Writing career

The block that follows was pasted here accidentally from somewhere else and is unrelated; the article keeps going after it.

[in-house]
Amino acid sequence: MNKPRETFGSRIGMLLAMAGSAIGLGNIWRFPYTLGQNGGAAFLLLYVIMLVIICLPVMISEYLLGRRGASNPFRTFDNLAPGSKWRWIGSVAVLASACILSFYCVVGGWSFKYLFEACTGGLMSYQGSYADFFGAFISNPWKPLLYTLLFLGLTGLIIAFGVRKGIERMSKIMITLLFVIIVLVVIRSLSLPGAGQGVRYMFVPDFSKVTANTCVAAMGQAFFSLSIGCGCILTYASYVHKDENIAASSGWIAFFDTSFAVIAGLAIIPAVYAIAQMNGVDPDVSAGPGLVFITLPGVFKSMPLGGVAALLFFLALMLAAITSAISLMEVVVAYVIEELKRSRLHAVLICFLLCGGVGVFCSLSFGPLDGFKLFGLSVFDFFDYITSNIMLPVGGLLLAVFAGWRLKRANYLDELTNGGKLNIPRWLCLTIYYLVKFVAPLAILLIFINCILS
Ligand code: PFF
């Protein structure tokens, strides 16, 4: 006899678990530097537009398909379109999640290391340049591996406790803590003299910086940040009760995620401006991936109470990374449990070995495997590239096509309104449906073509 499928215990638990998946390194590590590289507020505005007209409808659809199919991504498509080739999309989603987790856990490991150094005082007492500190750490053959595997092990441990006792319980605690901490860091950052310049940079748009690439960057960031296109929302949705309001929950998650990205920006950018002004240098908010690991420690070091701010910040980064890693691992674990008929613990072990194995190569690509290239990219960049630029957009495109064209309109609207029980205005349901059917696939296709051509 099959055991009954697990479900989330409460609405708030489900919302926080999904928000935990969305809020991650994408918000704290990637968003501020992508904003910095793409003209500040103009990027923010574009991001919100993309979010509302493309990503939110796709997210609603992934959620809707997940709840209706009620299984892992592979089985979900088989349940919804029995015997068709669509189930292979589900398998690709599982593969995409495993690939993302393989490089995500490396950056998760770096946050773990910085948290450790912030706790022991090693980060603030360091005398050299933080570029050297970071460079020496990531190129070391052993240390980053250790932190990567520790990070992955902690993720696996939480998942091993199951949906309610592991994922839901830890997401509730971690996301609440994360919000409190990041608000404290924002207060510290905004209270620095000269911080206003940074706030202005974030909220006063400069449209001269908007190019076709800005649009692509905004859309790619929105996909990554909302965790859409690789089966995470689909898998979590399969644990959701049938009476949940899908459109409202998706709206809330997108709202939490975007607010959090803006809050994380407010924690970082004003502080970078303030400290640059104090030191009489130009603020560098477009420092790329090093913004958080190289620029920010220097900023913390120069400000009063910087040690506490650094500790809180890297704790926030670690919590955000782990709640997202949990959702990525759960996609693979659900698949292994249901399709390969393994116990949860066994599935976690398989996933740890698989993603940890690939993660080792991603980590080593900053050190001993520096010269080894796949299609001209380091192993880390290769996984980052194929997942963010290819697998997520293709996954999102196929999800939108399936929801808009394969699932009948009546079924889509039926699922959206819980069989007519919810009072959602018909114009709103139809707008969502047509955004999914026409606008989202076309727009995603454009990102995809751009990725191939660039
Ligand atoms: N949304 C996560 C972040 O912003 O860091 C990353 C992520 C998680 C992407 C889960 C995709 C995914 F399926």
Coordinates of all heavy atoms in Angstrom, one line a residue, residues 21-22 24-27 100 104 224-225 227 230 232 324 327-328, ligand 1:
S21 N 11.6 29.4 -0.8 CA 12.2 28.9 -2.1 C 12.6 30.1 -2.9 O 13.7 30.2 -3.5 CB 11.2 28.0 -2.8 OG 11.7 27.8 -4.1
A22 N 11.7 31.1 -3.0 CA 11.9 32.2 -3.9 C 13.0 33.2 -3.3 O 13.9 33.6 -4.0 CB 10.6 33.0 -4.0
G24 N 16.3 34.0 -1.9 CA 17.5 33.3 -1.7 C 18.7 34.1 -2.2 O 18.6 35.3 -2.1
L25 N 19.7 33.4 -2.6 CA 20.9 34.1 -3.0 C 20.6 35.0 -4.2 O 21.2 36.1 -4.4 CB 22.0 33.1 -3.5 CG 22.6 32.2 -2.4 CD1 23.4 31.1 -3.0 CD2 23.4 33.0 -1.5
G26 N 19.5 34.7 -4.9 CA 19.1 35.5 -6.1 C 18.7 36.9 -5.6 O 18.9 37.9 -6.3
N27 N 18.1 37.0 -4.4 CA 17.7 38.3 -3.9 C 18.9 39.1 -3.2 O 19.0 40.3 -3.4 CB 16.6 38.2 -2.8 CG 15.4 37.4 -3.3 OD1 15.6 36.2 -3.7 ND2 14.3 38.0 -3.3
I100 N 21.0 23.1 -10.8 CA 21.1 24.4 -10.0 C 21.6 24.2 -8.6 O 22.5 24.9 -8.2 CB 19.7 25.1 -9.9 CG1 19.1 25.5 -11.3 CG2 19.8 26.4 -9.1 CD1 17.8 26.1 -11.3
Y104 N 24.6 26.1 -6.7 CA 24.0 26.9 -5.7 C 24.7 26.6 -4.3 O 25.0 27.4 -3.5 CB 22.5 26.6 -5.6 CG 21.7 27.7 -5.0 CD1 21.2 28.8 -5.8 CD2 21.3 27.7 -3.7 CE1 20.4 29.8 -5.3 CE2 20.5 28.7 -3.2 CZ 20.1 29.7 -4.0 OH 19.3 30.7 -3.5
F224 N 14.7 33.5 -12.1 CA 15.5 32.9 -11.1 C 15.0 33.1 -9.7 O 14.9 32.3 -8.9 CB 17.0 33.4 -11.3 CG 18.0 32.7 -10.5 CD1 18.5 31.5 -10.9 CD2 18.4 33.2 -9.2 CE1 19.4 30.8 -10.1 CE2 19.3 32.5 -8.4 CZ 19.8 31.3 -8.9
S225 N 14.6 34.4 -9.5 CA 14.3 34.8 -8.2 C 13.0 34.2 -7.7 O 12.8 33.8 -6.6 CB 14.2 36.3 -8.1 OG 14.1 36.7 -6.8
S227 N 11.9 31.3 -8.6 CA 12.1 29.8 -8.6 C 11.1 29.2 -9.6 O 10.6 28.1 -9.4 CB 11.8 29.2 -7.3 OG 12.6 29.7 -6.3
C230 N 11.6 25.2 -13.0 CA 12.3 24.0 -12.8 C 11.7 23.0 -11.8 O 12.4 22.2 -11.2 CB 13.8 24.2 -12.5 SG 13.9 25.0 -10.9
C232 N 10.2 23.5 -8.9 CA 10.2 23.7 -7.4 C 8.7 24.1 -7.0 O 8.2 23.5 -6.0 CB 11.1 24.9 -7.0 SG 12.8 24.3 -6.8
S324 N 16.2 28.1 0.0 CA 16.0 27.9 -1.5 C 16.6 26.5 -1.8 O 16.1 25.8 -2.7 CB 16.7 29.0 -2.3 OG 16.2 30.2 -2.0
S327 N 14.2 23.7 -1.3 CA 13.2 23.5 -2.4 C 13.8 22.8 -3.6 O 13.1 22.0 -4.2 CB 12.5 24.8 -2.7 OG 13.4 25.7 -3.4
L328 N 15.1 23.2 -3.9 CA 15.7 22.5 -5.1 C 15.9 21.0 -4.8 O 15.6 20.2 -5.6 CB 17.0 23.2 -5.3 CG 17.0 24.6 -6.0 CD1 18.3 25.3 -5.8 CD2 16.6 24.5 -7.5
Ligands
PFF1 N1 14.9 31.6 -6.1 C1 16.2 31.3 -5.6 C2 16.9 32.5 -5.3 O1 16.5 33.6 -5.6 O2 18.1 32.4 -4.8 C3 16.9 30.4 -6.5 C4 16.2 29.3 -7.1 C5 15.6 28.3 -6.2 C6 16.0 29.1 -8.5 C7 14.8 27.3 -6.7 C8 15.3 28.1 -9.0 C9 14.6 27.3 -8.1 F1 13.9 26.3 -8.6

Michener began his writing career during World War II, when as a lieutenant in the U.S. Navy he was assigned to the South Pacific as a naval historian. He later turned his notes and impressions into ''Tales of the South Pacific'' (1947), his first book, published when he was age 40. It won the Pulitzer Prize for fiction in 1948, and Rodgers and Hammerstein adapted it as the hit Broadway musical ''South Pacific'', which premiered on Broadway in New York City in 1949. The musical was also adapted as eponymous feature films in 1958 and 2001. In the late 1950s, Michener began working as a roving editor for the ''Readers' Guide to Periodical Literature''. He gave up that work in 1970. Michener tried television writing but was unsuccessful. American television producer Bob Mann wanted Michener to co-create a weekly anthology series from ''Tales of the South Pacific'' and serve as narrator. Rodgers and Hammerstein, however, had bought all dramatic rights to the novel and did not relinquish their ownership. Michener did lend his name to a different television series, ''Adventures in Paradise'', in 1959, starring Gardner McKay as Captain Adam Troy in the sailing ship ''Tiki III''. Michener was a popular writer during his lifetime; his novels sold an estimated 75 million copies worldwide. His novel ''Hawaii'' (1959), well-timed on its publication when Hawaii became the 50th state, was based on extensive research. He used this approach for nearly all of his subsequent novels, which were based on detailed historical, cultural, and even geological research. ''Centennial'' (1974), which documented several generations of families in the Rocky Mountains of the American West, was adapted as a popular 12-part television miniseries of the same name and aired on the National Broadcasting Company (NBC television network) from October 1978 through February 1979. In 1996, State House Press published ''James A. Michener: A Bibliography'', compiled by David A. Groseclose. Its more than 2,500 entries from 1923 to 1995 include magazine articles, forewords, and other works. Michener's prodigious output made for lengthy novels, several of which run more than 1,000 pages. The author states in ''My Lost Mexico'' (1992) that at times he would spend 12 to 15 hours per day at his typewriter for weeks on end, and that he used so much paper, his filing system had trouble keeping up.